Appellant's final contention is that Section 12 of the Act of July 11, 1917, P.L. 758, as amended by the Act of June 19, 1953, P.L. 290, 35 PS 865, under which *230 sentence was imposed, "is unconstitutional as an improper invasion of the powers of the Judiciary by the Legislature". The section in question sets forth that any person who possesses drugs in violation of the provisions of the Act "shall be guilty of a felony; and, upon conviction thereof, shall be sentenced. . . for a second offense. . . to pay a fine not exceeding five thousand dollars ($5000) and to undergo imprisonment of not less than five (5) years and not exceeding ten (10) years". The section further provides that, except for first offenses, "the imposition or execution of sentence shall not be suspended and probation or parole shall not be granted until the minimum imprisonment herein provided for the offense shall have been served". Appellant's position is that legislation "which purports to establish a mandatory minimum sentence, and which prohibits a judicial authority from suspending the imposition of sentence is unconstitutional and of no effect".

    In the recent case of Commonwealth ex rel. Green v. Keenan, 176 Pa. Super. 103, 106 A.2d 896, we held that the "legislature has exclusive power to determine the penological system of the Commonwealth, and it alone can prescribe the punishments to be meted out for crime. It can provide fixed penalties or grant to the courts such measure of discretion in the imposition of sentences as it sees fit". In Commonwealth v. Sweeney, 281 Pa. 550, 127 A. 226, the contention was raised, as here, that the legislation there under consideration[1] was an invasion of the judicial power. Answering this contention, Mr. Justice SADLER said: "The power of determining the extent of punishment *231 to be inflicted was not, and is not now, the subject of constitutional limitation, and the legislature could fix the length of imprisonment upon conviction of a particular offense, making, if it saw fit, the term rigid and invariable, or allowing room for use of good judgment by the judge, made acquainted by the trial with the attending circumstances. . . As noted, in the past a large discretion in imposing sentence rested in the judiciary, and any term could be designated, so long as it did not exceed the maximum fixed by the act of assembly defining the crime. The legislature had the right to designate the maximum, and likewise can, if it sees fit, name the minimum. The necessity or wisdom of so doing is a question for its determination". Passing the argument of the Commonwealth based upon the proposition that the discretion of the trial Judge was actually not influenced by the mandatory provisions of the statute[2], we conclude that the legislature may constitutionally prescribe the precise punishment to be meted out by the Courts of the Commonwealth for violations of the penal laws.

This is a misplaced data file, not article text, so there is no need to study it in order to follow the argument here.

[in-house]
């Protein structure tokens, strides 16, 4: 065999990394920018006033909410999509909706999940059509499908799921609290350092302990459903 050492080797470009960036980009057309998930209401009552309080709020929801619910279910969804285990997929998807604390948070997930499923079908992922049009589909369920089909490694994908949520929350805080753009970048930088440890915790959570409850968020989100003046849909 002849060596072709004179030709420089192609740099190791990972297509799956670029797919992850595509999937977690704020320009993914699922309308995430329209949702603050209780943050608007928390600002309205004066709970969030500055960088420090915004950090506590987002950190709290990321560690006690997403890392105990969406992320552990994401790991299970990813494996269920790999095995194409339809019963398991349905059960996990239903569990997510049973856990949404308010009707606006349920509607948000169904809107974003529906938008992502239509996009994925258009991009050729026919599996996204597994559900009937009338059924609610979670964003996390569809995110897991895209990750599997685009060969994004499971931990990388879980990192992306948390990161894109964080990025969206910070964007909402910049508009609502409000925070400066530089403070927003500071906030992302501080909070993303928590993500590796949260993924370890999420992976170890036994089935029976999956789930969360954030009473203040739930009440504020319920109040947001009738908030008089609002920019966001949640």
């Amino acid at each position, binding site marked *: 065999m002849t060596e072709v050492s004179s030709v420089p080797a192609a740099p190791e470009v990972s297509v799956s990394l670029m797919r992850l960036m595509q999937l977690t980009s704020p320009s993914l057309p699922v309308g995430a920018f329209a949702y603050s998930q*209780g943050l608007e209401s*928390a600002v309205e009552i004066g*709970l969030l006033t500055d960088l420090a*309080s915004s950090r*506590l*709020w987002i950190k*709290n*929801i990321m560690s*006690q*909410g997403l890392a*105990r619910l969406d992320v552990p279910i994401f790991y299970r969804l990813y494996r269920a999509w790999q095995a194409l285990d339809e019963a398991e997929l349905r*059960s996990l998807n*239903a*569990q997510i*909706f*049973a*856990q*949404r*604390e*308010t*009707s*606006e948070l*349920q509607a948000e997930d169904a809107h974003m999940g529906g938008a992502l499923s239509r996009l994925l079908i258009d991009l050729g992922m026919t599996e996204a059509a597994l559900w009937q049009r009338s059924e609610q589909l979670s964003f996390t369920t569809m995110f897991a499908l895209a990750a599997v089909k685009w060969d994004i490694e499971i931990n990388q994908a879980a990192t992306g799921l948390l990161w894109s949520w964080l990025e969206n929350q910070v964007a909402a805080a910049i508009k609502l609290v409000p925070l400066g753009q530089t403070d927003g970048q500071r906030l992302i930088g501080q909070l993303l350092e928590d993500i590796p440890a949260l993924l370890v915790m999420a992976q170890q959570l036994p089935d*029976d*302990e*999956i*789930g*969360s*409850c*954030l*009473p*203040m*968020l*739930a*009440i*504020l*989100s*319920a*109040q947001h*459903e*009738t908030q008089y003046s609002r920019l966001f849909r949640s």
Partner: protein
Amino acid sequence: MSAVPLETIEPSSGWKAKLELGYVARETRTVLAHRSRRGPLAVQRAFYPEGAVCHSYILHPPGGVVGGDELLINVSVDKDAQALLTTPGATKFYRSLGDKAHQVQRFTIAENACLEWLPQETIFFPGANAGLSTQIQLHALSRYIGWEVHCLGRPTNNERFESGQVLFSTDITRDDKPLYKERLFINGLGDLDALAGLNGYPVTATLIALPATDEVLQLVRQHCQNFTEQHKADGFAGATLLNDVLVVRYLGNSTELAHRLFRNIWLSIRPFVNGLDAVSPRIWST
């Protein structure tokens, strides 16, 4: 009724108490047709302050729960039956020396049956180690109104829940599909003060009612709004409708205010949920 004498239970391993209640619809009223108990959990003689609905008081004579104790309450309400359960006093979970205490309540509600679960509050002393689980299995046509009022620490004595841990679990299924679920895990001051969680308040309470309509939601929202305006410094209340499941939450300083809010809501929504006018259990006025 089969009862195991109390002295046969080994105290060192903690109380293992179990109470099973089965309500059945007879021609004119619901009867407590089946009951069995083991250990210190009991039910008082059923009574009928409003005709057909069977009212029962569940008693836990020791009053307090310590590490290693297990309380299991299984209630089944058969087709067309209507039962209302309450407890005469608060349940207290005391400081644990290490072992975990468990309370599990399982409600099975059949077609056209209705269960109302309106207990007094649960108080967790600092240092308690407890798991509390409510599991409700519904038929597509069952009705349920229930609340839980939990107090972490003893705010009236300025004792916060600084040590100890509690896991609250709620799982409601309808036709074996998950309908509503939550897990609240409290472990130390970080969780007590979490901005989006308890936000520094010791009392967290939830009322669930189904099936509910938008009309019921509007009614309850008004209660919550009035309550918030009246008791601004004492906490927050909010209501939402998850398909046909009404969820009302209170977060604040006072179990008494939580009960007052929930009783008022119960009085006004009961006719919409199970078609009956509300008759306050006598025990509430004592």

So far as suspension of sentence is concerned, such power was assumed by Courts at common law, although in Commonwealth ex rel. Wilhelm v. Morgan, 278 Pa. 395, 123 A. 337, the right to indefinitely suspend sentence was said to be "at least doubtful". Howbeit, it is entirely clear that the power may be restricted or taken away by express and unequivocal statutory enactment: Commonwealth ex rel. McGinnis v. Ashe, 330 Pa. 289, 199 A. 185. And see Commonwealth v. Wentz, 52 *232 D. &. C. 690. In the case at bar, there is a plain legislative mandate against suspension of sentence for a second offense.

    Judgment affirmed.


    [1] Act of June 29, 1923, P.L. 975, amending the Act of June 19, 1911, P.L. 1055, since further amended by the Act of September 26, 1951, P.L. 1460, 19 PS 1057.

    [2] "Having read the Act very carefully, I conclude that while it is possible that there may be some attempt to restrict the discretionary power of the Judge in sentencing, in this particular case it has not affected my discretion in the slightest, because were I to have full choice my sentence would be the same".